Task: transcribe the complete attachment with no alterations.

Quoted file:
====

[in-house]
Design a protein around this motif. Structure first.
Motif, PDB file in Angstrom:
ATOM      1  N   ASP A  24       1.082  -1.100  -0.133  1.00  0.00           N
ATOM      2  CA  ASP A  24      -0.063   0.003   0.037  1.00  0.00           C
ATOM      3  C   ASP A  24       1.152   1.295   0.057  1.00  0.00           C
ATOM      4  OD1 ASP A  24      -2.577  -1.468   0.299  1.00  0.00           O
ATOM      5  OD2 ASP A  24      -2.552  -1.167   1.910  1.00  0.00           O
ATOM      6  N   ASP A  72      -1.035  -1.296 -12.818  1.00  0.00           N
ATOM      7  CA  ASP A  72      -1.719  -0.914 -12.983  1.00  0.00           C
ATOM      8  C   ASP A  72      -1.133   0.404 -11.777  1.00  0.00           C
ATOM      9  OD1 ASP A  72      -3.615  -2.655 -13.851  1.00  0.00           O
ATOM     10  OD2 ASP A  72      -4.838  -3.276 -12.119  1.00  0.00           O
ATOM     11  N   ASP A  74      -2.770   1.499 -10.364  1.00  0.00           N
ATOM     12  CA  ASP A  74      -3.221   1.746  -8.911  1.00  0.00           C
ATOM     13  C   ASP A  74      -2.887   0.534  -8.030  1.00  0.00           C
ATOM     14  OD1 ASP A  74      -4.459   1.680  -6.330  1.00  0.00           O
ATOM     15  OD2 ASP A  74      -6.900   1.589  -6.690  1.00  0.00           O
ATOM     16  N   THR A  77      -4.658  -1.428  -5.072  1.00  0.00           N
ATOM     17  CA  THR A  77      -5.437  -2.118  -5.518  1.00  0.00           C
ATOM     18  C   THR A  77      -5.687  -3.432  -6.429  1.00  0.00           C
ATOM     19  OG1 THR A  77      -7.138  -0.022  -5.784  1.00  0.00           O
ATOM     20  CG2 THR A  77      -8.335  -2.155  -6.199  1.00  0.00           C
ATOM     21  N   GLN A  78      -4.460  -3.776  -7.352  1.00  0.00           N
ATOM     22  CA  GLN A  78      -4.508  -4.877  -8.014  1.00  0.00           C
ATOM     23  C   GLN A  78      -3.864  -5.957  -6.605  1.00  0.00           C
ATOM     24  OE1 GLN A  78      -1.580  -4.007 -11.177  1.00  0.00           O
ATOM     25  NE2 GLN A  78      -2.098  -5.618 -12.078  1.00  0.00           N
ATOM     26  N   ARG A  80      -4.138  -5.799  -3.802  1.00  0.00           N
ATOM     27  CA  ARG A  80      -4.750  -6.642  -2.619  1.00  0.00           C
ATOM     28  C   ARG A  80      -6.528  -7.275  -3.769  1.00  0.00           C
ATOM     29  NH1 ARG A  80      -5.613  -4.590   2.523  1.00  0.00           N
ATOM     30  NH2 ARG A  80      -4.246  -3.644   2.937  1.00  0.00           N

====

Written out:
[in-house]
Design a protein around this motif. Structure first.
Motif, PDB file in Angstrom:
ATOM      1  N   ASP A  24       1.082  -1.100  -0.133  1.00  0.00           N
ATOM      2  CA  ASP A  24      -0.063   0.003   0.037  1.00  0.00           C
ATOM      3  C   ASP A  24       1.152   1.295   0.057  1.00  0.00           C
ATOM      4  OD1 ASP A  24      -2.577  -1.468   0.299  1.00  0.00           O
ATOM      5  OD2 ASP A  24      -2.552  -1.167   1.910  1.00  0.00           O
ATOM      6  N   ASP A  72      -1.035  -1.296 -12.818  1.00  0.00           N
ATOM      7  CA  ASP A  72      -1.719  -0.914 -12.983  1.00  0.00           C
ATOM      8  C   ASP A  72      -1.133   0.404 -11.777  1.00  0.00           C
ATOM      9  OD1 ASP A  72      -3.615  -2.655 -13.851  1.00  0.00           O
ATOM     10  OD2 ASP A  72      -4.838  -3.276 -12.119  1.00  0.00           O
ATOM     11  N   ASP A  74      -2.770   1.499 -10.364  1.00  0.00           N
ATOM     12  CA  ASP A  74      -3.221   1.746  -8.911  1.00  0.00           C
ATOM     13  C   ASP A  74      -2.887   0.534  -8.030  1.00  0.00           C
ATOM     14  OD1 ASP A  74      -4.459   1.680  -6.330  1.00  0.00           O
ATOM     15  OD2 ASP A  74      -6.900   1.589  -6.690  1.00  0.00           O
ATOM     16  N   THR A  77      -4.658  -1.428  -5.072  1.00  0.00           N
ATOM     17  CA  THR A  77      -5.437  -2.118  -5.518  1.00  0.00           C
ATOM     18  C   THR A  77      -5.687  -3.432  -6.429  1.00  0.00           C
ATOM     19  OG1 THR A  77      -7.138  -0.022  -5.784  1.00  0.00           O
ATOM     20  CG2 THR A  77      -8.335  -2.155  -6.199  1.00  0.00           C
ATOM     21  N   GLN A  78      -4.460  -3.776  -7.352  1.00  0.00           N
ATOM     22  CA  GLN A  78      -4.508  -4.877  -8.014  1.00  0.00           C
ATOM     23  C   GLN A  78      -3.864  -5.957  -6.605  1.00  0.00           C
ATOM     24  OE1 GLN A  78      -1.580  -4.007 -11.177  1.00  0.00           O
ATOM     25  NE2 GLN A  78      -2.098  -5.618 -12.078  1.00  0.00           N
ATOM     26  N   ARG A  80      -4.138  -5.799  -3.802  1.00  0.00           N
ATOM     27  CA  ARG A  80      -4.750  -6.642  -2.619  1.00  0.00           C
ATOM     28  C   ARG A  80      -6.528  -7.275  -3.769  1.00  0.00           C
ATOM     29  NH1 ARG A  80      -5.613  -4.590   2.523  1.00  0.00           N
ATOM     30  NH2 ARG A  80      -4.246  -3.644   2.937  1.00  0.00           N